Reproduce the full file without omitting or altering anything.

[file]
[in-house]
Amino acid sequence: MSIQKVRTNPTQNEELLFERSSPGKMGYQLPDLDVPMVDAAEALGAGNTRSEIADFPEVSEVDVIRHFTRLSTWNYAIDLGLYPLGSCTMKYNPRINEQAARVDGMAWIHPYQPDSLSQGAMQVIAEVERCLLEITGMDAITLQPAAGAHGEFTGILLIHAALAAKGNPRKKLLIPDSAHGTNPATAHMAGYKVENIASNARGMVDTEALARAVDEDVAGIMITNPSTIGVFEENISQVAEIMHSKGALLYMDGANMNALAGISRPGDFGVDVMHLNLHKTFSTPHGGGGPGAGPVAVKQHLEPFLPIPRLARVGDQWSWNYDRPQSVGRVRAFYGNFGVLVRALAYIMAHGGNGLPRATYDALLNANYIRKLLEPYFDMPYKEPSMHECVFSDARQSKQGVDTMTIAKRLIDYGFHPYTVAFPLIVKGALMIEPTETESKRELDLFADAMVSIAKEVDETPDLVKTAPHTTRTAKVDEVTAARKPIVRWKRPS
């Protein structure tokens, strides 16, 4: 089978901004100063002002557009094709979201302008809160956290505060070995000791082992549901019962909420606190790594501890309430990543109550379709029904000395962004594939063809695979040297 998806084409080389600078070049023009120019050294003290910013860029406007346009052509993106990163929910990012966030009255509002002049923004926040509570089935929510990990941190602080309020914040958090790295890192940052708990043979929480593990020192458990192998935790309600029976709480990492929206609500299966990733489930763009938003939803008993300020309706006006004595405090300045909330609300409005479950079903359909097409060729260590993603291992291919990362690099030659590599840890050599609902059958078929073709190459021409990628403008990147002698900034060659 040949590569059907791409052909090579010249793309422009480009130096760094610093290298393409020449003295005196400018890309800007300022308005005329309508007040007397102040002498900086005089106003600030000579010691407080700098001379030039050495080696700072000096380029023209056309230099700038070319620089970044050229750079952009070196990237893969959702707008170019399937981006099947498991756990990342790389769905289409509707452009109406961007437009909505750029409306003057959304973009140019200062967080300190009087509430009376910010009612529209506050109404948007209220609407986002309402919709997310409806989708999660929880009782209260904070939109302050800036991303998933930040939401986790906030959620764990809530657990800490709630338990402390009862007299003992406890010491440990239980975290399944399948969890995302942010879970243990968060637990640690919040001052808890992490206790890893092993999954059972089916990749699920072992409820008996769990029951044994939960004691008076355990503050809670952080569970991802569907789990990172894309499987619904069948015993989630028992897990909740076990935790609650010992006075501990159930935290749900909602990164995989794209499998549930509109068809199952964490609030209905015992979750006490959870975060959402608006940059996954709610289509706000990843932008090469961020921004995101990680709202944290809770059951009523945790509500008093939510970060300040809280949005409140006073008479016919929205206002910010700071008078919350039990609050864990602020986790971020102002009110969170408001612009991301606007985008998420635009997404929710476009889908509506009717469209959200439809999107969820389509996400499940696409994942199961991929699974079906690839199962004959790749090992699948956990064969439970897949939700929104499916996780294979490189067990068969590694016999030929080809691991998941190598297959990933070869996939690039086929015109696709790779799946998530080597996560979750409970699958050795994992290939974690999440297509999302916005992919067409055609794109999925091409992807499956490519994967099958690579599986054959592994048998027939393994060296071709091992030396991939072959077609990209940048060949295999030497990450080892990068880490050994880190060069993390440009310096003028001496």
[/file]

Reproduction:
[in-house]
Amino acid sequence: MSIQKVRTNPTQNEELLFERSSPGKMGYQLPDLDVPMVDAAEALGAGNTRSEIADFPEVSEVDVIRHFTRLSTWNYAIDLGLYPLGSCTMKYNPRINEQAARVDGMAWIHPYQPDSLSQGAMQVIAEVERCLLEITGMDAITLQPAAGAHGEFTGILLIHAALAAKGNPRKKLLIPDSAHGTNPATAHMAGYKVENIASNARGMVDTEALARAVDEDVAGIMITNPSTIGVFEENISQVAEIMHSKGALLYMDGANMNALAGISRPGDFGVDVMHLNLHKTFSTPHGGGGPGAGPVAVKQHLEPFLPIPRLARVGDQWSWNYDRPQSVGRVRAFYGNFGVLVRALAYIMAHGGNGLPRATYDALLNANYIRKLLEPYFDMPYKEPSMHECVFSDARQSKQGVDTMTIAKRLIDYGFHPYTVAFPLIVKGALMIEPTETESKRELDLFADAMVSIAKEVDETPDLVKTAPHTTRTAKVDEVTAARKPIVRWKRPS
């Protein structure tokens, strides 16, 4: 089978901004100063002002557009094709979201302008809160956290505060070995000791082992549901019962909420606190790594501890309430990543109550379709029904000395962004594939063809695979040297 998806084409080389600078070049023009120019050294003290910013860029406007346009052509993106990163929910990012966030009255509002002049923004926040509570089935929510990990941190602080309020914040958090790295890192940052708990043979929480593990020192458990192998935790309600029976709480990492929206609500299966990733489930763009938003939803008993300020309706006006004595405090300045909330609300409005479950079903359909097409060729260590993603291992291919990362690099030659590599840890050599609902059958078929073709190459021409990628403008990147002698900034060659 040949590569059907791409052909090579010249793309422009480009130096760094610093290298393409020449003295005196400018890309800007300022308005005329309508007040007397102040002498900086005089106003600030000579010691407080700098001379030039050495080696700072000096380029023209056309230099700038070319620089970044050229750079952009070196990237893969959702707008170019399937981006099947498991756990990342790389769905289409509707452009109406961007437009909505750029409306003057959304973009140019200062967080300190009087509430009376910010009612529209506050109404948007209220609407986002309402919709997310409806989708999660929880009782209260904070939109302050800036991303998933930040939401986790906030959620764990809530657990800490709630338990402390009862007299003992406890010491440990239980975290399944399948969890995302942010879970243990968060637990640690919040001052808890992490206790890893092993999954059972089916990749699920072992409820008996769990029951044994939960004691008076355990503050809670952080569970991802569907789990990172894309499987619904069948015993989630028992897990909740076990935790609650010992006075501990159930935290749900909602990164995989794209499998549930509109068809199952964490609030209905015992979750006490959870975060959402608006940059996954709610289509706000990843932008090469961020921004995101990680709202944290809770059951009523945790509500008093939510970060300040809280949005409140006073008479016919929205206002910010700071008078919350039990609050864990602020986790971020102002009110969170408001612009991301606007985008998420635009997404929710476009889908509506009717469209959200439809999107969820389509996400499940696409994942199961991929699974079906690839199962004959790749090992699948956990064969439970897949939700929104499916996780294979490189067990068969590694016999030929080809691991998941190598297959990933070869996939690039086929015109696709790779799946998530080597996560979750409970699958050795994992290939974690999440297509999302916005992919067409055609794109999925091409992807499956490519994967099958690579599986054959592994048998027939393994060296071709091992030396991939072959077609990209940048060949295999030497990450080892990068880490050994880190060069993390440009310096003028001496």